Chi-square and Fisher tests
Characteristics of the study population against number of baby follow-ups are presented in Table 3. The chi-square or Fisher’s exact test show that there were no statistically significant differences in the distribution of most population-level characteristics between women who made the nationally recommended 6 or more baby follow-ups and those who made less than 6 baby follow-ups (p-values >0.05) except for the facility at which they sought health care and the intervention group. The p-values for the facility at which they sought health care and the intervention group (both < 0.0001) show that there was a strong statistically significant association between the number of baby follow-ups made and the intervention group, and between the number of baby follow-ups made and facility at which the women sought health care.
Ordinal logistic regression analysis
Table 4 summarizes the univariate and multivariate logistic regression analyses of the intervention group against number of baby follow-ups. The crude (univariate) ordinal logistic regression analyses showed a statistically significant positive association between higher ordered interventions (1 vs 0, 2 vs 0 and 2 vs 1) and higher number of baby follow-ups (OR = 1.75, 95% CI [1.09-2.82], OR = 9.00, 95% CI [4.15-19.51], OR = 5.14, 95% CI [2.34-11.33] respectively). In other words, women who resided inside the MVP cluster had twice the odds of going for more, rather than less, baby follow-ups compared to women who resided outside the MVP cluster; women who were in the APAS and resided in the MVP cluster had 9 times the odds of going for more, rather than less, baby follow-ups compared to women who were not in the APAS and resided outside the MVP cluster; among women who resided in the MVP cluster, women who were in the APAS had 5 times the odds of going for more, rather than less, baby follow ups compared to women who were not in the APAS.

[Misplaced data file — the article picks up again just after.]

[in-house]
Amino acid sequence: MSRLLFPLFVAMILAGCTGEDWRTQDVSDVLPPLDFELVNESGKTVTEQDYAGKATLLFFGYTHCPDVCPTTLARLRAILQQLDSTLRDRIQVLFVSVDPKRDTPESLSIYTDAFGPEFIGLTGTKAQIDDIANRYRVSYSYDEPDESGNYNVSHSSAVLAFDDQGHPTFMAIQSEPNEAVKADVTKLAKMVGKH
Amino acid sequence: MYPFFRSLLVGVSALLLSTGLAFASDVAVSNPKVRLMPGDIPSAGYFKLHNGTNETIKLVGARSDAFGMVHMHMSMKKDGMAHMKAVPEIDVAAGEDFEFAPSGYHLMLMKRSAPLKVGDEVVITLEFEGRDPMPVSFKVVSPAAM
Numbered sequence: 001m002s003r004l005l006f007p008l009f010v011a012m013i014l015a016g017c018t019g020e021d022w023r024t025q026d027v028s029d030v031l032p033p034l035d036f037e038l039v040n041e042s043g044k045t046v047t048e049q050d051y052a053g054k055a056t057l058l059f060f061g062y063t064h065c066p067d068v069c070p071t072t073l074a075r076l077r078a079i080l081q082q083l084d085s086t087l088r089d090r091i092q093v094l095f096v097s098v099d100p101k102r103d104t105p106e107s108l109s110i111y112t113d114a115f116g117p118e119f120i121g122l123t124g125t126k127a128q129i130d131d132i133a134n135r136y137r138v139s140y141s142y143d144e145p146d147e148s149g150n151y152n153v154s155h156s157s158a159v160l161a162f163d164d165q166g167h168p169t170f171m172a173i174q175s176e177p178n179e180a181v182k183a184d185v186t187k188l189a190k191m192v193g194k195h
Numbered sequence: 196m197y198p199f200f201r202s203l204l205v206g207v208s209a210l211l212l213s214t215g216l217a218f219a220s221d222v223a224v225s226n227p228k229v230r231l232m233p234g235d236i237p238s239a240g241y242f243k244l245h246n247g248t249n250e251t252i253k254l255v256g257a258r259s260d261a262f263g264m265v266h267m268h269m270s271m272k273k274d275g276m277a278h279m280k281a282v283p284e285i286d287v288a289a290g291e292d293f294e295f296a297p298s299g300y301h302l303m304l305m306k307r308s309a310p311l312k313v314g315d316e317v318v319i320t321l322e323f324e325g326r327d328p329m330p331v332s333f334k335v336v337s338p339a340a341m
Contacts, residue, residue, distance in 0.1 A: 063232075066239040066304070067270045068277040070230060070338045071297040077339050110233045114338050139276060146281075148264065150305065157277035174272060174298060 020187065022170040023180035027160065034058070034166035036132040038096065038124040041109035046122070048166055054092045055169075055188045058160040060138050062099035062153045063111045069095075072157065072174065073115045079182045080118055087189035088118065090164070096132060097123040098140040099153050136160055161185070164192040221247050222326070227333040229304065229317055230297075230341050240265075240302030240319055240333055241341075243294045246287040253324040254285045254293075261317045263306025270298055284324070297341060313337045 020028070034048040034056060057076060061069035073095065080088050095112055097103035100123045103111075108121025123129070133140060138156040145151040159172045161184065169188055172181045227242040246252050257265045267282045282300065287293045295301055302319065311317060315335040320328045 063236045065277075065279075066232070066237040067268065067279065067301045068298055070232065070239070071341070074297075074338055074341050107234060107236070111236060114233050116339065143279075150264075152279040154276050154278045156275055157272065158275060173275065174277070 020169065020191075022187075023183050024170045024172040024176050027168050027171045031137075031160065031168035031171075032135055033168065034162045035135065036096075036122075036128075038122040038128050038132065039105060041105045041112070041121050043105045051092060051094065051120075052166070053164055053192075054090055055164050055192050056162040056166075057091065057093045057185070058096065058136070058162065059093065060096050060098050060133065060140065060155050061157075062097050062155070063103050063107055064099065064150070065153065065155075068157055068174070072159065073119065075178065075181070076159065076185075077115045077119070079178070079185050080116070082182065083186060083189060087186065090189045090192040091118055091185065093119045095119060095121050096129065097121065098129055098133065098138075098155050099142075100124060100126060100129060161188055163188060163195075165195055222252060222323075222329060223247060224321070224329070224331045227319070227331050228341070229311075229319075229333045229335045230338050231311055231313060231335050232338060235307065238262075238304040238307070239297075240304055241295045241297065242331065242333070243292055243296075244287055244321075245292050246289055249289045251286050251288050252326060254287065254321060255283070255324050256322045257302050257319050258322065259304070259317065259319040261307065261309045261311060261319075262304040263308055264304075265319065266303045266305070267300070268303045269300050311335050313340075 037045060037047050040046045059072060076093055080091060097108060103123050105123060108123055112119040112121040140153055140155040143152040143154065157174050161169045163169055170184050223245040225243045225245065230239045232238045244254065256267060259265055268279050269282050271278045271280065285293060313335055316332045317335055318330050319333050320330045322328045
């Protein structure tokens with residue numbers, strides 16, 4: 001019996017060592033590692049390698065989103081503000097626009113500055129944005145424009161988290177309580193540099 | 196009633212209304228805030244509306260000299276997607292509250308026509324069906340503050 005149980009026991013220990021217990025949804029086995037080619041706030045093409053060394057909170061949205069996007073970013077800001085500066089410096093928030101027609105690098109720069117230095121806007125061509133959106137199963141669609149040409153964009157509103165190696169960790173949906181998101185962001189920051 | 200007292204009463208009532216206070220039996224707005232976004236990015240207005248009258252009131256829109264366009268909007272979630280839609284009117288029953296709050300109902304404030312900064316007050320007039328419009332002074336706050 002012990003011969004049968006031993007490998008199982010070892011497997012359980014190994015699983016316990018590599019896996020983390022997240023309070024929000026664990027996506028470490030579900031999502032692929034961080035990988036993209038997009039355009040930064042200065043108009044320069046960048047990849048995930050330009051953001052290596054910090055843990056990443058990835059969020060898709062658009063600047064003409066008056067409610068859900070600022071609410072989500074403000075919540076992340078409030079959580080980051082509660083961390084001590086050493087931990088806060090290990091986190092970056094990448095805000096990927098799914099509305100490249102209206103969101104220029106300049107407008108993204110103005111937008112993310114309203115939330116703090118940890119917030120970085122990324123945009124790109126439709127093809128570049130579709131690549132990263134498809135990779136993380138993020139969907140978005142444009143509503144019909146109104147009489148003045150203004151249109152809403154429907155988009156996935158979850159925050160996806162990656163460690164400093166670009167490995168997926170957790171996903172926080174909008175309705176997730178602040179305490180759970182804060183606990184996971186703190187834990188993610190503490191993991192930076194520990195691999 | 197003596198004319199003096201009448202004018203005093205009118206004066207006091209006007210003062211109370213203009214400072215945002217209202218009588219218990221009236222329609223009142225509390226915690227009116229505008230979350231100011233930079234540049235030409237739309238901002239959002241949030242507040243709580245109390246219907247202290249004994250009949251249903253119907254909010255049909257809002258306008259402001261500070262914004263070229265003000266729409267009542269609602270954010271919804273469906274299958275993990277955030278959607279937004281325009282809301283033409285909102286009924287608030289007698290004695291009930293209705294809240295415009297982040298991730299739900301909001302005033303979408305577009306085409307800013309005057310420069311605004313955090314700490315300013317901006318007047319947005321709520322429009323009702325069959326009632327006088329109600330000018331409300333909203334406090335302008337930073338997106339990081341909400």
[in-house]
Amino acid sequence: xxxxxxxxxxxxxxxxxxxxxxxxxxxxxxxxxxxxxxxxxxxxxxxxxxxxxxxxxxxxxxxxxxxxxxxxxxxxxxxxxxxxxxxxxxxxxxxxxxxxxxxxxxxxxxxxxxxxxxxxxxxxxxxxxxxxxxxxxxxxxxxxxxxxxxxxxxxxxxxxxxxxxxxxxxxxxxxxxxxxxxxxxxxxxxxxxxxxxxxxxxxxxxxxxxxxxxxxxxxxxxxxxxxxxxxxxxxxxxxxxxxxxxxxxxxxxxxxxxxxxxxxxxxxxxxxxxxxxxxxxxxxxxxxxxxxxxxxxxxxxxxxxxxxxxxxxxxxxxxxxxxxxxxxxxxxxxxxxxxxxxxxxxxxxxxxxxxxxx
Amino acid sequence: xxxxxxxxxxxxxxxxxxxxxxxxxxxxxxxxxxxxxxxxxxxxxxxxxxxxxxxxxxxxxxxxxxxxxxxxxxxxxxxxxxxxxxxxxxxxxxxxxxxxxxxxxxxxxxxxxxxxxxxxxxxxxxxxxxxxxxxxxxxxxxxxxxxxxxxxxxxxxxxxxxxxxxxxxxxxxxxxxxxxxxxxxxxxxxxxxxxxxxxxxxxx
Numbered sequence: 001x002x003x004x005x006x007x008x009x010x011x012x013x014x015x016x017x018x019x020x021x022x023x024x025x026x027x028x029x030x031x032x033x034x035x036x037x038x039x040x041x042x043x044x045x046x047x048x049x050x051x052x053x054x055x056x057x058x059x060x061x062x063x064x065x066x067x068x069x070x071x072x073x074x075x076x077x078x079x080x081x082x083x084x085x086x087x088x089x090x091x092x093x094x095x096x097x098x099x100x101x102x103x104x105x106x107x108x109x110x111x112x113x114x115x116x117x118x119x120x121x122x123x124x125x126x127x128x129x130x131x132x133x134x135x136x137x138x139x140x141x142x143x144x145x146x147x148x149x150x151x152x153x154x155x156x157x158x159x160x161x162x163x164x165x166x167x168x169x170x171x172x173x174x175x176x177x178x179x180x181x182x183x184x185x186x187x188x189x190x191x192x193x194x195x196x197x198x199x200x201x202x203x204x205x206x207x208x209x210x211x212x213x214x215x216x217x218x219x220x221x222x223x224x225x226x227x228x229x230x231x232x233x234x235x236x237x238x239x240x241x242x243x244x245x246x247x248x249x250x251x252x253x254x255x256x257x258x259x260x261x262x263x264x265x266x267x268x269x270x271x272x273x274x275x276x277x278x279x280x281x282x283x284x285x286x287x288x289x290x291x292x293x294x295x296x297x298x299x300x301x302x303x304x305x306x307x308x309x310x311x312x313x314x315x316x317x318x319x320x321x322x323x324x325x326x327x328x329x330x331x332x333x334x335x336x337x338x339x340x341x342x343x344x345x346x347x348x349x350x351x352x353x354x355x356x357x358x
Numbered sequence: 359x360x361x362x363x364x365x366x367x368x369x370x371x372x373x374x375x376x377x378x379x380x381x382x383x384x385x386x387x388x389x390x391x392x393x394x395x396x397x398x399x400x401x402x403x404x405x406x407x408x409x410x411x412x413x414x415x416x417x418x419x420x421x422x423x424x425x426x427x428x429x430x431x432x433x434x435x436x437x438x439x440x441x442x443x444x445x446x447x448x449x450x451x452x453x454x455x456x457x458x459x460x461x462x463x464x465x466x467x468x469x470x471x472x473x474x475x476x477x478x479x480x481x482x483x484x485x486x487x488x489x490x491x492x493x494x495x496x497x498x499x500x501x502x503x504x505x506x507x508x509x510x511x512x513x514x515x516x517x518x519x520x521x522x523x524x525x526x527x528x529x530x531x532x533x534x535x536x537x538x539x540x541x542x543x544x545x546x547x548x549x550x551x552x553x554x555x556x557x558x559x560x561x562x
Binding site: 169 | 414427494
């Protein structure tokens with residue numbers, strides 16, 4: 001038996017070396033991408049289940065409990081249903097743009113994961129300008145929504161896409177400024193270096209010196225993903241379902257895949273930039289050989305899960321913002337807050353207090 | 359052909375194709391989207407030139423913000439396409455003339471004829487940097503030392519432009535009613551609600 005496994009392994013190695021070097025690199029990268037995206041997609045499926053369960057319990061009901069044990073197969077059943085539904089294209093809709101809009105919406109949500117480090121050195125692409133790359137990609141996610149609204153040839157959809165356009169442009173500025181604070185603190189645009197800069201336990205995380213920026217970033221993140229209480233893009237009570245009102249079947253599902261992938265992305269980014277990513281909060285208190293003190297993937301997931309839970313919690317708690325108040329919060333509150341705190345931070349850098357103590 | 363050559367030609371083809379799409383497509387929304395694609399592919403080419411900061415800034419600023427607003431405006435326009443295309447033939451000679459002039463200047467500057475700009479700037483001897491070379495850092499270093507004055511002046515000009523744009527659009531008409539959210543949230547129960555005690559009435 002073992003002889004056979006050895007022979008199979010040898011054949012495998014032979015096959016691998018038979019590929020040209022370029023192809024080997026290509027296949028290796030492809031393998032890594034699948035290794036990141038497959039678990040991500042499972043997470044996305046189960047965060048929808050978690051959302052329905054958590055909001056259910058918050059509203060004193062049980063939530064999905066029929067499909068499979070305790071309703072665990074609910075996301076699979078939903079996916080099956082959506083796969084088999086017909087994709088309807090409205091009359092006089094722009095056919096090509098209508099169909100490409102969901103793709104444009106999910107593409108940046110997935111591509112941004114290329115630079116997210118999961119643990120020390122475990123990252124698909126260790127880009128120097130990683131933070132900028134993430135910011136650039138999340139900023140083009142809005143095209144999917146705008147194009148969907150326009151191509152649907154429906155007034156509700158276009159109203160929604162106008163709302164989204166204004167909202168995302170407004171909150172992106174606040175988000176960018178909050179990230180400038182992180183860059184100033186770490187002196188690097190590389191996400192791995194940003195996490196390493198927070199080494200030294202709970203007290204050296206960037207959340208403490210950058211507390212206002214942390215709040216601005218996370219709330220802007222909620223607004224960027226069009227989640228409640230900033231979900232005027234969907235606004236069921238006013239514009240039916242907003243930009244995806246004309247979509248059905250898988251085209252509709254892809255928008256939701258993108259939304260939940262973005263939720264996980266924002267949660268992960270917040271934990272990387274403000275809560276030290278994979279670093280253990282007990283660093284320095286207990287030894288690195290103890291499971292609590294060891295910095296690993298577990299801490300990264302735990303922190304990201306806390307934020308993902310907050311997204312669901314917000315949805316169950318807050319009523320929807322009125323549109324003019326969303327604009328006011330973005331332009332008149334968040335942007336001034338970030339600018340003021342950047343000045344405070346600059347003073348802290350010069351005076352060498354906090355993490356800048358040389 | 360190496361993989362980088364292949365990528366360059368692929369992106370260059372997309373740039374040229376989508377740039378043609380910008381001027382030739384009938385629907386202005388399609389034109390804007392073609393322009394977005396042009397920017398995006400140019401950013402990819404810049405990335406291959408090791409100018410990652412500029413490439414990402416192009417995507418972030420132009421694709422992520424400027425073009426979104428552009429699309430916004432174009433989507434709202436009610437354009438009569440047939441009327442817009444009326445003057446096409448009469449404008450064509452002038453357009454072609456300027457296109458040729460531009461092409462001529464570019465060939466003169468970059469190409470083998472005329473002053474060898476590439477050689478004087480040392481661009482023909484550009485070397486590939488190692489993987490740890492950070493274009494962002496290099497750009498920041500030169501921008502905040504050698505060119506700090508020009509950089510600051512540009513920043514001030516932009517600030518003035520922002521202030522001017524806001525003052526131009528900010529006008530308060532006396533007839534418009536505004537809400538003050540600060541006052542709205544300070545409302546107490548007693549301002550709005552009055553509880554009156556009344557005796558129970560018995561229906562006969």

The multivariate models were similar to the univariate models, showing strong statistically significant positive associations between higher ordered interventions (1 vs 0, 2 vs 0 and 2 vs 1) and higher number of baby follow-ups (Adjusted OR = 1.84, 95% CI [1.13-2.98], Adjusted OR = 8.96, 95% CI [4.13-19.41], Adjusted OR = 4.26, 95% CI [1.91-9.48] respectively in the model adjusting for mother’s HIV status), and (Adjusted OR = 1.87, 95% CI [1.15-3.05], Adjusted OR = 8.99, 95% CI [4.15-19.49], Adjusted OR = 4.00, 95% CI [1.79-8.93] respectively in the model adjusting for mother’s HIV status and parity).
Vertical HIV transmission
Among HIV positive women with data on baby’s HIV status at 18 months, the biggest age category was the 25–29 year olds (33% of participants), while the smallest was the 40–44 year olds category (1.1% of participants) [see Table 5]. Yala Sub-District Hospital had the most participants (29.6%) while Masogo dispensary had the smallest representation of women (1.1%). The intervention group 0 was made up of 33 women; the intervention group 1 had 35 women; and the intervention group 2 had 20 women. Most women in this sample made their 1st ANC visit in the 2nd trimester of their pregnancy (57.1%). Most women made 6 or more baby follow-ups (85.2%), and less than 4 ANC visits (51.4%). Most women were married (96.6%) and had 1–3 children prior to the current child (77.3%). The majority of the HIV positive women received ART administration (69.1%). These characteristics are also illustrated graphically in Additional file 6.
Chi-square and Fisher tests
Among the 176 women who were HIV positive, vertical HIV transmission was first studied using a chi-square analysis and Fisher’s exact tests. Characteristics of the study population against the baby’s HIV status at 18 months are presented in Table 5. In this sample of HIV positive women, 88 did not have data on the baby’s HIV status at 18 months. The chi-square or Fisher’s exact tests show that there were no statistically significant differences in the distribution of most population-level characteristics between women who had an HIV positive baby at 18 months and those who had an HIV negative baby at 18 months (p-values >0.05) except for the number of ANC visits (p-value <0.05).